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In Re Shavin






Rehearing denied September 24, 1968.

The sole question presented in this disciplinary proceeding is the extent of the punishment to be imposed upon respondent, Nathan Shavin, an attorney practicing in Chicago since 1926. Respondent was convicted in 1961 of knowingly filing false and fraudulent personal income tax returns for the years 1954 and 1955 in violation of section 7201 of Title 26 of the United States Code, and concurrent sentences of 18 months imprisonment were imposed on each of two counts together with fines totaling $5,000 and costs of $1,420.94. The conviction was affirmed in 1963 (United States v. Shavin, (7th cir.) 320 F.2d 308), and respondent served 12 months in the Federal penitentiary; the fines and costs were paid.

In 1964 a complaint was filed before the Committee on Grievances of the Chicago Bar Association sitting as commissioners of this court under our Rule 751. Their report recommending respondent's suspension from the practice of law for a period of two years was approved by the Board of Managers of the Association and is now before us together with respondent's exceptions thereto predicated upon his contention that the recommended discipline is excessive and that censure would be sufficient.

Respondent concedes, as he must, that the filing of false and fraudulent income tax returns is a crime involving moral turpitude; that conviction thereof is conclusive evidence of guilt; and that such conviction per se justifies disciplinary action. (In re Sullivan, 33 Ill.2d 548, 553, and cases there cited; see, also, Anno., 59 A.L.R.2d 1398.) Equally well established is our responsibility to consider the facts and circumstances in aggravation or mitigation in each case in determining the penalty to be imposed. Sullivan; In re Revzan, 33 Ill.2d 197; In re Crane, 23 Ill.2d 398.

The stipulated or admitted facts indicate respondent's practice consisted almost entirely of personal injury work for plaintiffs in which unsettled cases were referred to other lawyers for trial. Very loose bookkeeping methods prevailed, and, while the amount of unreported income for the years in question was alleged by the government to be $28,104.50 and $61,063.01, it is stipulated that there were deductible items paid out during those years which were not included in the returns. The actual amount of unreported income is claimed to be substantially less than that charged; it is as yet undetermined and the subject matter of a suit presently pending in the United States Tax Court. A number of lawyers and a judge testified that respondent's reputation for integrity and honesty was good, and it is not contended that any client was dissatisfied with the manner in which a case was handled. Respondent underwent surgery in 1966 and subsequently suffered a heart attack necessitating some hospitalization and a period of convalescence.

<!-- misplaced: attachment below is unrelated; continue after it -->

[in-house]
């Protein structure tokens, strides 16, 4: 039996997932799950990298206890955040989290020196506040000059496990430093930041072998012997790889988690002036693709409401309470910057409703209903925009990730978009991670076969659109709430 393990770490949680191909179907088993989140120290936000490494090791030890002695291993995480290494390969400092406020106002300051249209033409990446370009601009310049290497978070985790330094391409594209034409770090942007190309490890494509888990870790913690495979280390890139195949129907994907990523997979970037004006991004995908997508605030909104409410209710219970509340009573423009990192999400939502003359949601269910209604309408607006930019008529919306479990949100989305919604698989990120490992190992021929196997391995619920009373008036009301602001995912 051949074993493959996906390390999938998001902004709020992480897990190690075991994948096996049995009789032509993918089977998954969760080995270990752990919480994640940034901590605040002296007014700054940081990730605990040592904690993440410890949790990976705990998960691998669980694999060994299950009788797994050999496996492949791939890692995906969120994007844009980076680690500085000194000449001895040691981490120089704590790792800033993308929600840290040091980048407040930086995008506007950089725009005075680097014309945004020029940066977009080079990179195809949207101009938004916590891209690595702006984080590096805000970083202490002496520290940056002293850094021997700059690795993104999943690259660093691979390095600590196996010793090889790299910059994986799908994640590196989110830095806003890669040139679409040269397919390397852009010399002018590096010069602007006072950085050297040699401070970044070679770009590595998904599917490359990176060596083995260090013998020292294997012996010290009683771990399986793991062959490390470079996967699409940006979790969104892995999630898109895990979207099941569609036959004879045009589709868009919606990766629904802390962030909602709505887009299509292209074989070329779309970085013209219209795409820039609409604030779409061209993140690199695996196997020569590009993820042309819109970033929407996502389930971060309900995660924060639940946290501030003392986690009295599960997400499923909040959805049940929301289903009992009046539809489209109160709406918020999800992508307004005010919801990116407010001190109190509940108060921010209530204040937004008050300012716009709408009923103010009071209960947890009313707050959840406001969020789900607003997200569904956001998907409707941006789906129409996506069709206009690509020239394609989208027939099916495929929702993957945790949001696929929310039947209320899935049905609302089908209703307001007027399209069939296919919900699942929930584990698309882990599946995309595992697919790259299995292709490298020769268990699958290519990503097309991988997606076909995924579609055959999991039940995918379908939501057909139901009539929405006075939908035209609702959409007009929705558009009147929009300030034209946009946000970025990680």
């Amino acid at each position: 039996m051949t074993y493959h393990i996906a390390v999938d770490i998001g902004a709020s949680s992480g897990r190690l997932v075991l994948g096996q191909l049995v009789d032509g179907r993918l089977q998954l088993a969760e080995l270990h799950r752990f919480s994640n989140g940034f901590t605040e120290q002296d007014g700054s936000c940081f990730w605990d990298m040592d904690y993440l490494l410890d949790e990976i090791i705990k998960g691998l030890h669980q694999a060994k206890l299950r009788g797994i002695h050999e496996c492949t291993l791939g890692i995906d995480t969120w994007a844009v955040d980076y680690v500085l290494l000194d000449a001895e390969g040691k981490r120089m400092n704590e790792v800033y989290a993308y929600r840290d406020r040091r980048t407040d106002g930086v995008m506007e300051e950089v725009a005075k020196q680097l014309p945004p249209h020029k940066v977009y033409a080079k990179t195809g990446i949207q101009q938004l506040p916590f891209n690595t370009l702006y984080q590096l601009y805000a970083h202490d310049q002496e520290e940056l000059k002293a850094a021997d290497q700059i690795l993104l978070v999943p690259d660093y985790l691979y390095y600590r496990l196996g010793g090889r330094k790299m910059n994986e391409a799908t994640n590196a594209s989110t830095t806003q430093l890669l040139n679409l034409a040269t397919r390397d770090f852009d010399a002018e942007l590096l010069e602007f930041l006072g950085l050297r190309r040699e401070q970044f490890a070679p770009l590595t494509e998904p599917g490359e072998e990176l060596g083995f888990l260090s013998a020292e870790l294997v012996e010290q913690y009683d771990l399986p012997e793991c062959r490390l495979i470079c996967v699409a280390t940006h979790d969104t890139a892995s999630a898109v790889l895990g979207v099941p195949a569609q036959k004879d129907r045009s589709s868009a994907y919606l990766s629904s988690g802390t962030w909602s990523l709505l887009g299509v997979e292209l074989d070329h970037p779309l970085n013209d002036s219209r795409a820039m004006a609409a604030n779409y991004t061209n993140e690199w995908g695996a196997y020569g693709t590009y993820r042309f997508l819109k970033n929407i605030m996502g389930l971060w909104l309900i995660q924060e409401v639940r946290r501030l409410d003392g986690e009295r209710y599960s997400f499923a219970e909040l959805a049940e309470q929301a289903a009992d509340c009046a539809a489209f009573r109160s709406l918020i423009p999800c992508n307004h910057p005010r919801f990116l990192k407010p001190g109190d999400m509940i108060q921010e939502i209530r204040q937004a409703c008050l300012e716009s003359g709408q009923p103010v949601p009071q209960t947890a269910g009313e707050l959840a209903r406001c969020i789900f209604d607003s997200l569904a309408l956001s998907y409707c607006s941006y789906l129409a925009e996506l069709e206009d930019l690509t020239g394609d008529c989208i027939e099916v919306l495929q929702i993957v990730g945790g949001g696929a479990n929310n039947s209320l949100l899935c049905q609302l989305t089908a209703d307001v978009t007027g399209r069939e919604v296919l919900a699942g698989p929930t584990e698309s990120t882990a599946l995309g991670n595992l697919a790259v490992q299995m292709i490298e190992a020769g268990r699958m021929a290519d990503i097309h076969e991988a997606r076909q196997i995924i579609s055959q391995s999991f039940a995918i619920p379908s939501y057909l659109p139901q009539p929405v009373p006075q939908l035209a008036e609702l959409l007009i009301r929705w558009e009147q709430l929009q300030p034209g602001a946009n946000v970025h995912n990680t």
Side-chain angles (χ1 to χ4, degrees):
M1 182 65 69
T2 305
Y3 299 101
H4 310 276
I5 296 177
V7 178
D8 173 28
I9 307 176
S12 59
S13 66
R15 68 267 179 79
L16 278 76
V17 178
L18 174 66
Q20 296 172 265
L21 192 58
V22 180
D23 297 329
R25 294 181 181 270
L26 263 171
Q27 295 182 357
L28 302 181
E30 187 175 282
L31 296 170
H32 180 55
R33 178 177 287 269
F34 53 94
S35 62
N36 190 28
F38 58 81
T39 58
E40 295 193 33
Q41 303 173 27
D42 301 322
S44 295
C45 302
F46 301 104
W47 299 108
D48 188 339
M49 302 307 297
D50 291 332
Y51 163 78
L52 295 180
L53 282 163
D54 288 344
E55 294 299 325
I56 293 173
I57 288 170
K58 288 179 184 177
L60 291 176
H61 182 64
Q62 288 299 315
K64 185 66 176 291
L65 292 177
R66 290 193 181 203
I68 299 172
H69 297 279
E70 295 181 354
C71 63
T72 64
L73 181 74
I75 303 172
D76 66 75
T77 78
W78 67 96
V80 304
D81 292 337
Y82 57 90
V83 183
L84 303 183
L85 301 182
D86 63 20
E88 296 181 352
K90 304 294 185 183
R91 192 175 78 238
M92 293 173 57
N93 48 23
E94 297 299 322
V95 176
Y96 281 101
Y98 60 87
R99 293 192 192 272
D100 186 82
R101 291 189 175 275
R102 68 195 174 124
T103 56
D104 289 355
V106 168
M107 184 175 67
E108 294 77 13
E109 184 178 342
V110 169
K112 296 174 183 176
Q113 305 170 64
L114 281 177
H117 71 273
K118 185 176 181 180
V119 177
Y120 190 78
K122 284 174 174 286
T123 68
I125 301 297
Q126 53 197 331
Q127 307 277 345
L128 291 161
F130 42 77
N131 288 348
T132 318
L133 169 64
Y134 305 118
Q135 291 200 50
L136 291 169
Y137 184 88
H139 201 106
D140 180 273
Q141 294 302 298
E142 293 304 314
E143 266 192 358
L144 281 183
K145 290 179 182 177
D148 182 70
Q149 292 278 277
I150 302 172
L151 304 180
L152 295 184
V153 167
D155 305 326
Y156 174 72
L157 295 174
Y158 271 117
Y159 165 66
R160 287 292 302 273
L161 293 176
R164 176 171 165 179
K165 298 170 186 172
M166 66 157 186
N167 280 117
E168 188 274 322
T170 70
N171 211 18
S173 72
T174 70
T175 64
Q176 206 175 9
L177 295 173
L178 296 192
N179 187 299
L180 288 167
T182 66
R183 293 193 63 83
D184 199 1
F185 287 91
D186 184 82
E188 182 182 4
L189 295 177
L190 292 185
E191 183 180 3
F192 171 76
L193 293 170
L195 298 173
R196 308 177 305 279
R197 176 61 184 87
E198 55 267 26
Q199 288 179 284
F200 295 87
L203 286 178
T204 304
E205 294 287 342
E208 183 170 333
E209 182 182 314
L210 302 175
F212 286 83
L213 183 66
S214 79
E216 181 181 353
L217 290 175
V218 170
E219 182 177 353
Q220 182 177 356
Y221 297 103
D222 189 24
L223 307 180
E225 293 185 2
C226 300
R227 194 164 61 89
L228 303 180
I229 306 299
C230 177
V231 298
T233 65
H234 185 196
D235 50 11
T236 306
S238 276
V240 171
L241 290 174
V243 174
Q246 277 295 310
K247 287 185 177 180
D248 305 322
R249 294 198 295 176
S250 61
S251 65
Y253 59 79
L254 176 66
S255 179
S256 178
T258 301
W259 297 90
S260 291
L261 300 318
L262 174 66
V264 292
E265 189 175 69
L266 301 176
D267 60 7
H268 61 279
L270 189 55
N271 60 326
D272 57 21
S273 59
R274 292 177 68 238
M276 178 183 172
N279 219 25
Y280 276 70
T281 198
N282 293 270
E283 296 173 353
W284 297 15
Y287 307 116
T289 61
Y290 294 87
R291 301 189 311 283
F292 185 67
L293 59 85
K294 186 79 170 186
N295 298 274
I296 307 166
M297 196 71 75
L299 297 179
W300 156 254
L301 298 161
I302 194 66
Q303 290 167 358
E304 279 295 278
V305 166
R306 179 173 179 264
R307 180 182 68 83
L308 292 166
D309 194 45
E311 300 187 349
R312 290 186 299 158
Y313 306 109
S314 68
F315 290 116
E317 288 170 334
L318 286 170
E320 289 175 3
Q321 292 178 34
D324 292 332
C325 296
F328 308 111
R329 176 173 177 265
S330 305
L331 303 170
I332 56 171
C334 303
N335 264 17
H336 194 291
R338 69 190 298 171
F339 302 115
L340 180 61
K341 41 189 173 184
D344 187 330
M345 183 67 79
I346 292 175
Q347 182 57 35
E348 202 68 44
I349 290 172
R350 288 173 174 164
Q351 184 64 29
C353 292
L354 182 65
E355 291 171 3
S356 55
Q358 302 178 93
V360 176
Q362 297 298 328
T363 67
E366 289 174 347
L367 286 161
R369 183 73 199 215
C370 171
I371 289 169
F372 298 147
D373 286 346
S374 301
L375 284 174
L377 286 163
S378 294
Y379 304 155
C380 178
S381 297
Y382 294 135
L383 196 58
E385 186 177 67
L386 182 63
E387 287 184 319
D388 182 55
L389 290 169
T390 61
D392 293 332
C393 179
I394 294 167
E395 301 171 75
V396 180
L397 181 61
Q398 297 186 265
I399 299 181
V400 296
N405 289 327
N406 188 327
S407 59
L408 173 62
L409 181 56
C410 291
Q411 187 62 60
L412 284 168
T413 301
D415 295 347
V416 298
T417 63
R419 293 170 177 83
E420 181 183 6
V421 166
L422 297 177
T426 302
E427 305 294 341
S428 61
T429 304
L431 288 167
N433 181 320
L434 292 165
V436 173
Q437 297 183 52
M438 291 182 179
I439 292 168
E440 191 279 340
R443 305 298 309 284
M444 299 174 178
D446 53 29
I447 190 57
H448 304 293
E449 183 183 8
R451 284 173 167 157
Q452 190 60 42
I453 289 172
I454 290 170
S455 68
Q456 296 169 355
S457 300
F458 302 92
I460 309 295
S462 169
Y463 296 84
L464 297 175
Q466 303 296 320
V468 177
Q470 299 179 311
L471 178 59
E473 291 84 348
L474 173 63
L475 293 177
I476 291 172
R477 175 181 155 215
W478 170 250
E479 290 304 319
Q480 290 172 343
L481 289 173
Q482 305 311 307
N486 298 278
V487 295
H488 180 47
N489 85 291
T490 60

Also urged in mitigation is respondent's claim that settlement checks received from insurance companies approximating $30,000 during each of the questioned years were never deposited or cashed by him despite the fact that respondent's normal practice was to pay from his personal funds the amount due the client, secure the client's signature upon the release form and then present the signed release to the insurer in exchange for the settlement check which respondent would then endorse and deposit or cash. Respondent also sometimes paid from his own funds the client's medical expenses and auto repair bills. While seemingly well-nigh incredible, it is stipulated that these settlement checks were apparently uncashed and undeposited.

In the six cases wherein we have imposed disciplinary measures upon willful violators of the Federal income tax laws, we have found censure appropriate in one instance (In re Crane, 23 Ill.2d 398), ordered disbarrment in another (In re Tinkoff, No. 23356, not reported), decreed two-year suspensions from practice in two other cases (In re Greenberg, 21 Ill.2d 170; In re Revzan, 33 Ill.2d 197), and ordered three-year suspensions in the remaining two instances. (In re Teitelbaum, 13 Ill.2d 586; In re Sullivan, 33 Ill.2d 548.) The only disciplinary proceeding in which less than a two-year period of suspension has been imposed by us in these cases was Crane in which the Federal trial judge had suspended imposition of sentence and granted respondent probation conditioned upon payment of a fine. There, one of three questioned items of income was actually reported, the failure to report the second was claimed to be negligent oversight, and the third was assertedly due to incorrect information supplied by third persons; additionally, this court in determining the appropriate discipline, in Crane, considered matters which the commissioners there had erroneously thought inadmissible for that purpose. We find no comparable extenuating circumstances in this case and accordingly hold that the respondent should be suspended from the practice of law for two years, and it is so ordered.

Respondent suspended.


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